Battlefield 3 Text Effect in Photoshop

Skill level
Beginner

I’ve been asked quite a few times to create the Battlefield 3 text in Photoshop, but I’ve always put it to the side because it didn’t seem too complicated. But since I’ve recently received a few more requests on this effect, today, I’m going to be showing you how to create this Battlefield 3 text effect in Photoshop. Of course, you can use the same technique to type any word that you like and incorporate it into your custom stickers or gaming related designs.

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There are a few variations of the Battlefield text, but the one you see below, which was taken from the official website, will give you a great starting point if you want to further customize the effect.

Of course, the first step after you’ve created your document, is the base text. We’re going to be using two different fonts for the text. One for the word Battlefield, and one for the number three.

Battlefield Font: Agency FB Bold
Number 3 Font: Chica Mono

The size of your font is up to you. I’m going to be starting large, around 200 points.

Now that our text is ready to go, let’s add a very subtle Gradient Overlay. The top color, which is on the right of the Gradient Bar, will be a very light grey, then the bottom color, will be slightly darker than the top.

At this point, we need to add a canvas type texture to the text, which can be done in a few ways, including a Pattern Overlay, but when combined with a Gradient, it’s a bit tricky, so we’re going to resort to a Filter. Now before you aimlessly add a Filter to your text, make sure you convert it for Smart Filters under the Filter menu first. This will not only ensure that you can edit the Filter’s settings later on, but you’ll also be able to go back and change the text if needed.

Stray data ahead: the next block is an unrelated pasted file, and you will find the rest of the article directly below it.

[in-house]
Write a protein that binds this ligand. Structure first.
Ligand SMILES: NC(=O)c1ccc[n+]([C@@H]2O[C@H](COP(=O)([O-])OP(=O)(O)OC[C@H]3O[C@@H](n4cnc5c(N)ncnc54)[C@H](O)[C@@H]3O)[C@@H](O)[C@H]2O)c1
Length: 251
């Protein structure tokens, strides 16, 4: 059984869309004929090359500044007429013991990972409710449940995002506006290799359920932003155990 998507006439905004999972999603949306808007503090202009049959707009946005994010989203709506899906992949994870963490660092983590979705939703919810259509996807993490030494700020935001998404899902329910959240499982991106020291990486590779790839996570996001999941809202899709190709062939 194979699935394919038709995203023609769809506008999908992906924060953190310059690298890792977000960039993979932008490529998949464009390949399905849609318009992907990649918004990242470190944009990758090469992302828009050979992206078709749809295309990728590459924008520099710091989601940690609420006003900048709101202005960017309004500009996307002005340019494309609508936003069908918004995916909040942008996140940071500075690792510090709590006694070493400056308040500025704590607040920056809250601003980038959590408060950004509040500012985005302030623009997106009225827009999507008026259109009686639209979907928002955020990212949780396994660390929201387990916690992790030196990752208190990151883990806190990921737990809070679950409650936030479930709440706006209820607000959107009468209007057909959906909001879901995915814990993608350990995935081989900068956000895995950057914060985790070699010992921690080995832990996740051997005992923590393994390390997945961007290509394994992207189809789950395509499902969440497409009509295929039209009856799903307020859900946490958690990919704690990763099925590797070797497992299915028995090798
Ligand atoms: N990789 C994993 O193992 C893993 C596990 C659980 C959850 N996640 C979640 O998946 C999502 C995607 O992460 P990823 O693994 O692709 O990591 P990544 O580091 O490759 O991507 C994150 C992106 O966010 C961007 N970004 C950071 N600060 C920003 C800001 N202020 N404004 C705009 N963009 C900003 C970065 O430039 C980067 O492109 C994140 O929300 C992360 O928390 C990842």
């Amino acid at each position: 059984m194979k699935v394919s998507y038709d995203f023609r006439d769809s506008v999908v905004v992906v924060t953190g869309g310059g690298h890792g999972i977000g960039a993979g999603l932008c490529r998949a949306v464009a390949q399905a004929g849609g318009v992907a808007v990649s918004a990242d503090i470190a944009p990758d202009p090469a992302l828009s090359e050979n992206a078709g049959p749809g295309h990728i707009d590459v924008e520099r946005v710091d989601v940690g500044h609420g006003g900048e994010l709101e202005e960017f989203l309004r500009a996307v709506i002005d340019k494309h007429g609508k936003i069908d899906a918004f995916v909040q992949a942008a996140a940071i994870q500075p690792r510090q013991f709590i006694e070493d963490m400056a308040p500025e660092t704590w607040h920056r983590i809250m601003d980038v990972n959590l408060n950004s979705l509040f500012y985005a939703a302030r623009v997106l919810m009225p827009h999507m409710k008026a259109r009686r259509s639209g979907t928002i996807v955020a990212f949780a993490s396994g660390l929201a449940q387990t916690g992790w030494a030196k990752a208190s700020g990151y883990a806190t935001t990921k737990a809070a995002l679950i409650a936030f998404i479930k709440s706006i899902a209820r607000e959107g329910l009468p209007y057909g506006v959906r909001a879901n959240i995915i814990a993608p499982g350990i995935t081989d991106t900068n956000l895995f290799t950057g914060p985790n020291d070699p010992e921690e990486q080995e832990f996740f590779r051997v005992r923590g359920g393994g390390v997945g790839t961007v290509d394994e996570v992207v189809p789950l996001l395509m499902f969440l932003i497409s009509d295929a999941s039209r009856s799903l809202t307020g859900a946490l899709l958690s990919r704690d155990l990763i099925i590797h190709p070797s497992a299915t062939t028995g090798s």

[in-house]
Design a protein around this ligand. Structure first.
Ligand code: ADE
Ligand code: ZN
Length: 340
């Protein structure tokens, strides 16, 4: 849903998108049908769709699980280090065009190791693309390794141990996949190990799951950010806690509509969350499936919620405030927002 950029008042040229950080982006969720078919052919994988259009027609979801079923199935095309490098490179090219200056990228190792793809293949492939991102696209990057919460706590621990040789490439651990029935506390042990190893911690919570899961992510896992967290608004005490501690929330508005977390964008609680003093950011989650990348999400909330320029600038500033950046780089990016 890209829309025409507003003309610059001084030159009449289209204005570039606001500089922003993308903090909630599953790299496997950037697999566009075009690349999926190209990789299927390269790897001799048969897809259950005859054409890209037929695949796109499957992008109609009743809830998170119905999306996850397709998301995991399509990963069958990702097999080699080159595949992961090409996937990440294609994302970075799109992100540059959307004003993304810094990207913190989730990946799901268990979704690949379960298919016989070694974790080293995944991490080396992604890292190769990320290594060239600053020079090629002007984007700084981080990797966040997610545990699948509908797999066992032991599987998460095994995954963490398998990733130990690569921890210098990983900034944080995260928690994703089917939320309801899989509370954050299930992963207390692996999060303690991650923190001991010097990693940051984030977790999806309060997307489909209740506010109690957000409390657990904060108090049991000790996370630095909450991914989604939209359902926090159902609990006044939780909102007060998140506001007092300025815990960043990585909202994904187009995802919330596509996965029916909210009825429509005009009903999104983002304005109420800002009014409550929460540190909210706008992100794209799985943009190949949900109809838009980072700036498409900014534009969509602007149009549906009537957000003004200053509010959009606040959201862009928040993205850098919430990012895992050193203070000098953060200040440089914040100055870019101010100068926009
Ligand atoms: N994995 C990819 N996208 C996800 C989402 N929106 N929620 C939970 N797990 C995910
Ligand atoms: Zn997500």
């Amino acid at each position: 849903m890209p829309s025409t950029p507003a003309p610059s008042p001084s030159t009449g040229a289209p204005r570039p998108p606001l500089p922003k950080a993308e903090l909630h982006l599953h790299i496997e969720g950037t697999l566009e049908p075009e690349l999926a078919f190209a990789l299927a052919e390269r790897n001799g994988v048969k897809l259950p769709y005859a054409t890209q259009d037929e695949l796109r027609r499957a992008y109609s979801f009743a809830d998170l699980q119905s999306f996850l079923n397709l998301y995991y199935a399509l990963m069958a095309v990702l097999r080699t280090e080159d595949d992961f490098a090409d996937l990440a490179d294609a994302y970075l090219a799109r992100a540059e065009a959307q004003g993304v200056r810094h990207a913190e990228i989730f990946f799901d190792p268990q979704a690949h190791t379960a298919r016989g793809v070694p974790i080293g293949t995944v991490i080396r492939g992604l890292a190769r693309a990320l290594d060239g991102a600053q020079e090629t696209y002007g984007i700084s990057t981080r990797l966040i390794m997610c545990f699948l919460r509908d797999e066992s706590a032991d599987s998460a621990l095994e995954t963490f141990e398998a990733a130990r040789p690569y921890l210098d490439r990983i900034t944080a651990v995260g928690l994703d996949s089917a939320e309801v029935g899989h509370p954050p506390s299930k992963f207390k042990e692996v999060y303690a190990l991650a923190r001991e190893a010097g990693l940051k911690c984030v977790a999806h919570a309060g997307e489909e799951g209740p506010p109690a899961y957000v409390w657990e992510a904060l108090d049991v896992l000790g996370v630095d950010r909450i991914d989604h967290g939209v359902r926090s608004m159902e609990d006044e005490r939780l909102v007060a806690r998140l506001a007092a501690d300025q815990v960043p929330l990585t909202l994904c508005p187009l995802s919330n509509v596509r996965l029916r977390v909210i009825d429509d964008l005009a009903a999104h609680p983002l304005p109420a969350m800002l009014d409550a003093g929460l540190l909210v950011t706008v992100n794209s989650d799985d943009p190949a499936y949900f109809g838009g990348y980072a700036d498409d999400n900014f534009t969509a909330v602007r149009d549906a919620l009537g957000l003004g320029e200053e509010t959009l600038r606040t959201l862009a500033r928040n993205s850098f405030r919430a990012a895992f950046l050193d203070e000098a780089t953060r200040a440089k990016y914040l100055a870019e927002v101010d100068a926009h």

The Filter we’re going to be applying is Texturize, which on Photoshop CS5, was under the Texture submenu. But in Photoshop CS6, it’s now accessible in the Filter Gallery. When the Texturize Filter is selected, select Canvas for the Texture, decrease the Scaling to 50%, and set the Relief at 2. Of course, if you want a stronger texture, or a completely different texture, experiment with the different Filters that are available.

The next step in the effect is the black and blue outline that you can see on the bottom half of the text. For this, we’re going to create our own pattern, which will give us a lot of flexibility on how the final result looks.

Start by creating a new document with the dimensioned 8px by 8px.

When the document is ready, zoom in as far as you can go. You can do this by holding Command + Spacebar on the Mac, or Ctrl + Spacebar on Windows, and dragging your mouse to the right.

Now we need to create the pattern. We’ll start with the blues. The base color of the texture is going to be a light blue. The value for this will be #b4d0df. With that color set, use your Pencil Tool, which can be found in the flyout with the Brush Tool, and paint the left half of the document with the blue you just set. And finally, with a black brush, paint the right half of the document completely black.